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Young sounds abound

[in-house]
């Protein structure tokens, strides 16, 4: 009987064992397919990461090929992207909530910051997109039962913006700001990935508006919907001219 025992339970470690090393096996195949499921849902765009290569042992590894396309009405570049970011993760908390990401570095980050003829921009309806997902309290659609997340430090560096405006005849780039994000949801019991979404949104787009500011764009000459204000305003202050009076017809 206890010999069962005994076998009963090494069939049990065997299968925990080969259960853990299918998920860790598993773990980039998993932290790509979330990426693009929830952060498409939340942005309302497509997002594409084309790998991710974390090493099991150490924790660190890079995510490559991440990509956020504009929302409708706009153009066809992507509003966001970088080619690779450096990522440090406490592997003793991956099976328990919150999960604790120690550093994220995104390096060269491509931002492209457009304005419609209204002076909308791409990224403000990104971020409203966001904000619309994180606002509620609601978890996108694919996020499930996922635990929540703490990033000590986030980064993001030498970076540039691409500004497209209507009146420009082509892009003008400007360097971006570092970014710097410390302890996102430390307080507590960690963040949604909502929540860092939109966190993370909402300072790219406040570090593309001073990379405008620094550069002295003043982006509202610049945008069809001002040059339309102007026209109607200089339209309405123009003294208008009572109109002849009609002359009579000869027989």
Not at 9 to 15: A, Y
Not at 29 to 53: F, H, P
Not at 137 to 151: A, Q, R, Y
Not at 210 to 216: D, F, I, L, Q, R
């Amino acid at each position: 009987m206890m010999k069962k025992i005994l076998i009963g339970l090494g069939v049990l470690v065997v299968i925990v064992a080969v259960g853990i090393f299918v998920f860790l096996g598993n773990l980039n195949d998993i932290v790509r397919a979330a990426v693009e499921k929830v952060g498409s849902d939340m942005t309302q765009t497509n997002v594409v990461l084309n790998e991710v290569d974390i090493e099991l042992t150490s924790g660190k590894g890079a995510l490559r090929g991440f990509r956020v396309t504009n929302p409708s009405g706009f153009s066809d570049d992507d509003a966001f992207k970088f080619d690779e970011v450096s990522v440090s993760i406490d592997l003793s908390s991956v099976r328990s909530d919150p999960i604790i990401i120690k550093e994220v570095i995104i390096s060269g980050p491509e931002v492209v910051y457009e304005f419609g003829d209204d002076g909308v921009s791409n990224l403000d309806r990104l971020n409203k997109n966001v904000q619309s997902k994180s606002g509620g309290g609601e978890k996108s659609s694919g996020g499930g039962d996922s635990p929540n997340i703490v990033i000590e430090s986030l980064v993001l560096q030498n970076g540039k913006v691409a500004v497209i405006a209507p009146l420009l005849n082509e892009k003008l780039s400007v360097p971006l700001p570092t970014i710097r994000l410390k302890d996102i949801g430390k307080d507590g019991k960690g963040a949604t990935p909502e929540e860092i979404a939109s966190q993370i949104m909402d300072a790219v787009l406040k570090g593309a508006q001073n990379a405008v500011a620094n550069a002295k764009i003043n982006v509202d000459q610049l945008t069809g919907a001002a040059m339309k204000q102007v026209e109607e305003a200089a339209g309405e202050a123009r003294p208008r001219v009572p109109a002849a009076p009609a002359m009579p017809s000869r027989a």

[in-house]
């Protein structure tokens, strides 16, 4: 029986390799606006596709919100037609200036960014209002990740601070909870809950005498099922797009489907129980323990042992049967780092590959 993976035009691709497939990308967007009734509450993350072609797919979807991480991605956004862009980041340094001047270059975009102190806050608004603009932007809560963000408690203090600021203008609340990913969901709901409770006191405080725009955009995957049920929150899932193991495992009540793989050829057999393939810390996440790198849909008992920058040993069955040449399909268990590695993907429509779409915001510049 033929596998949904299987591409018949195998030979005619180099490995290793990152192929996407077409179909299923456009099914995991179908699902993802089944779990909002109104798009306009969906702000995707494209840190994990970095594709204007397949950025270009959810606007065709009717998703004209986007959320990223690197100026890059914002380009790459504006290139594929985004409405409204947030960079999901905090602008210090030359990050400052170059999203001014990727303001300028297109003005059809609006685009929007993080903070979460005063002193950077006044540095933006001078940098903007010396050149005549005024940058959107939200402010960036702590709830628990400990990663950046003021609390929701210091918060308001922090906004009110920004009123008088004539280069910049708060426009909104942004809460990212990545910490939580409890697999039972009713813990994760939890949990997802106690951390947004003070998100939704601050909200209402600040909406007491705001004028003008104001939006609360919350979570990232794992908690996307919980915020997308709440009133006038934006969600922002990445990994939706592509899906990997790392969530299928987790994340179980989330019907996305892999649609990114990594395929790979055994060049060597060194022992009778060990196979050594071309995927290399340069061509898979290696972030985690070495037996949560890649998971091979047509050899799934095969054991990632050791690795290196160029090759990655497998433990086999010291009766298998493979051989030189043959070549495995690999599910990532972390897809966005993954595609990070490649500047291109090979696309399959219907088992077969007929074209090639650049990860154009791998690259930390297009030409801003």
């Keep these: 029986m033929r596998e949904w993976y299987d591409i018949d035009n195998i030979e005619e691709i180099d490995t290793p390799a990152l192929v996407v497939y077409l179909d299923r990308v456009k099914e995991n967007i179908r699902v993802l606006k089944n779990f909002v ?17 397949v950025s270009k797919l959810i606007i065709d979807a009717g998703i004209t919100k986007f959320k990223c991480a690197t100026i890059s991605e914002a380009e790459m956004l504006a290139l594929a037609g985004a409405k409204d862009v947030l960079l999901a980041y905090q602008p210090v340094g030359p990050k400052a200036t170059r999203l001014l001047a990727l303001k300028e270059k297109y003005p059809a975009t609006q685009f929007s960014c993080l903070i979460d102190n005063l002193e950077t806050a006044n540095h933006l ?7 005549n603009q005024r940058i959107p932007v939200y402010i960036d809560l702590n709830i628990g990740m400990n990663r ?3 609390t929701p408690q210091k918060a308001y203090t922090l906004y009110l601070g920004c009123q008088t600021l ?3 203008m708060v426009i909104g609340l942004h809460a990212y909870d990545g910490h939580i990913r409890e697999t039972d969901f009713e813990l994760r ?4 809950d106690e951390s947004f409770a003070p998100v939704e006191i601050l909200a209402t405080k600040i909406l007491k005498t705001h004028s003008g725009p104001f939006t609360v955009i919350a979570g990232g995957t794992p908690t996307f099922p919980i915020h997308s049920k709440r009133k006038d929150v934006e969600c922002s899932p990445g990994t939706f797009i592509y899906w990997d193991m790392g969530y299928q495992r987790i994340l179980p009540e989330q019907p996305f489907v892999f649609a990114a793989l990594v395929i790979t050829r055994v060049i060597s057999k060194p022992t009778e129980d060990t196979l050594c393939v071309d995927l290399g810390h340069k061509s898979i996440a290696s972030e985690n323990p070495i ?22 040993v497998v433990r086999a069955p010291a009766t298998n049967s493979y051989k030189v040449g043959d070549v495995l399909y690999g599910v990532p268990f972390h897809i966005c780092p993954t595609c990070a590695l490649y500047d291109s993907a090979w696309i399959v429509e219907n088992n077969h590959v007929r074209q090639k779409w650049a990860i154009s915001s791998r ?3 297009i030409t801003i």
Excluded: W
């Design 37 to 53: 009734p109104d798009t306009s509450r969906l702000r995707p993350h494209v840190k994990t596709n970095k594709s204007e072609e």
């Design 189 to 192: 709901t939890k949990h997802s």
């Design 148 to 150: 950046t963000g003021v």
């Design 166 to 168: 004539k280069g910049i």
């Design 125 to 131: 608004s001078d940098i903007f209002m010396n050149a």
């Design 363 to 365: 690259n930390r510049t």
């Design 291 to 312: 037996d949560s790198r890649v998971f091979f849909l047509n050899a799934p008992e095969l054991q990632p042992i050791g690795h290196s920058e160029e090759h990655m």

"What's the sound of a circle?Ohhh...And if you don't know that, you're not a 3-year-old in the Tingle Tingle Band.With hands joined Friday morning, five children, three parents, and instructors Paul and Melanie Zeir repeat that sound again and again, closing the circle tighter and then backing away, the pitch of their mantra rising and dropping with their movements.Up they go: oooooOOOHHHH!And down again:OOOOooohhhh.....And, lest anyone think the youngsters are zoning out with some New Age meditation, rest assured. The exercise is nudged comfortably amongst perky children's standards like The Hokey Pokey, and a cute ditty that could become popular around Bainbridge this time of year, There's a Dumptruck on the Road.At Talking Hands Talking Feet, where music is the key to set them free, it's all part of the curriculum.The inspiration was kids, and the idea that music is more than music, says Paul Zeir, who co-orchestrates the children's music workshop in a bright studio next to the Zeir family's Pleasant Beach home.When kids are exposed to music at an early age, it actually teaches them a lot of things - motor skills, translating feelings and expression, versatility.A native of Colorado, Paul Zeir has taught music to children for more than 20 years, primarily guitar. Extensive travel exposed him to indigenous styles from Alaska to Latin America.Melanie Zeir, who hails from South Africa, studied ballet, tap and classical dance from infancy. She moved to Israel to start a dance school of her own, later settling in the states to put her dance certification to use here.The Zeirs started Talking Hands Talking Feet three years ago in Seattle, and relocated to Bainbridge in January. The goal, they say, is to bring alive the natural creative musical spark in kids. Classes meet once a week, and are set up by age group, each with a whimsical name connoting the joys of romperdom:Ages 18 months to 3 years meet as the Tingle Tingle Band; ages 3-4 are the Boom Boom Orchestra; ages 5-6 are known as the Traveling Troubadours. Class costs range from $30-36 per month. In a half-hour session, children and parents enjoy a variety of song and dance, fusing rhythm, movement, theatrics and storytelling.If you go an African village, everyone there is musical, says Paul, down to the little kids.It's a model they hope to emulate by bringing out expression in local youngsters.The developmental value of children's exposure to music - the so-called Mozart effect - is in full debate by academecians. As reported in the New York Times education supplement recently, the current literature suggests that youngsters who receive training in musical instruments have better spatial abilities - useful for surgeons, engineers, archaeologists and artists - than those who don't.While some dispute the causality suggested by current studies, Paul Zeir is circumspect, arguing that there's plenty of time down the road for children to receive formalized training with instruments. Rather, he says, the key is to immerse children in the world of sounds early on, and help them use song and dance as vehicles for all types of expression - physical and emotional.Friday morning, part of the session focuses in song on the moods suggested by the color red, followed by a short time spent with a picture book about marine life. A tablecloth becomes the ocean, and students imagine fish swimming among them while the sounds of the sea emanate from a nearby stereo.The bare- and stocking-footed kids, some still at an age of reticence around strangers, are a generally enthusiastic bunch, watching their peers for clues when to clap, touch the top of their heads, or for purposes of the Hokey Pokey, when to put their right hand in and shake it all about.She loves it. She loves singing the songs, says Christy Dorman of her daughter Sophie, age 3. We sing and dance at home, but this has been really nice for her.She's pretty musical, I think, so this is a good match for her.In the younger classes, parent participation is as important - and as welcome - as that of the students. And the grownups seem to take something home as well.I get ideas for stuff to do the rest of the week, says Ken Ragsdale, after singing with son Albert. And a tablecloth has a whole new meaning for me, he adds wryly.At home, Ragsdale says, Instead of sitting and listening to music - which we do quite a bit - he wants to dance to it.It is this innate, intuitive response to music that the Zeirs hope to tap into.Melanie Zeir says a young dancer in formal training might spend a lot of time watching other dancers, trying to emulate their movements and make sure their hand is in the right place. It is, she says, an outer to inner approach, just the opposite of what she and Paul hope to teach.If you can stand and walk, you can dance, Melanie says. Our approach is the inner to the outer. There's no 'wrong' way to move. Any person can find their own dance. "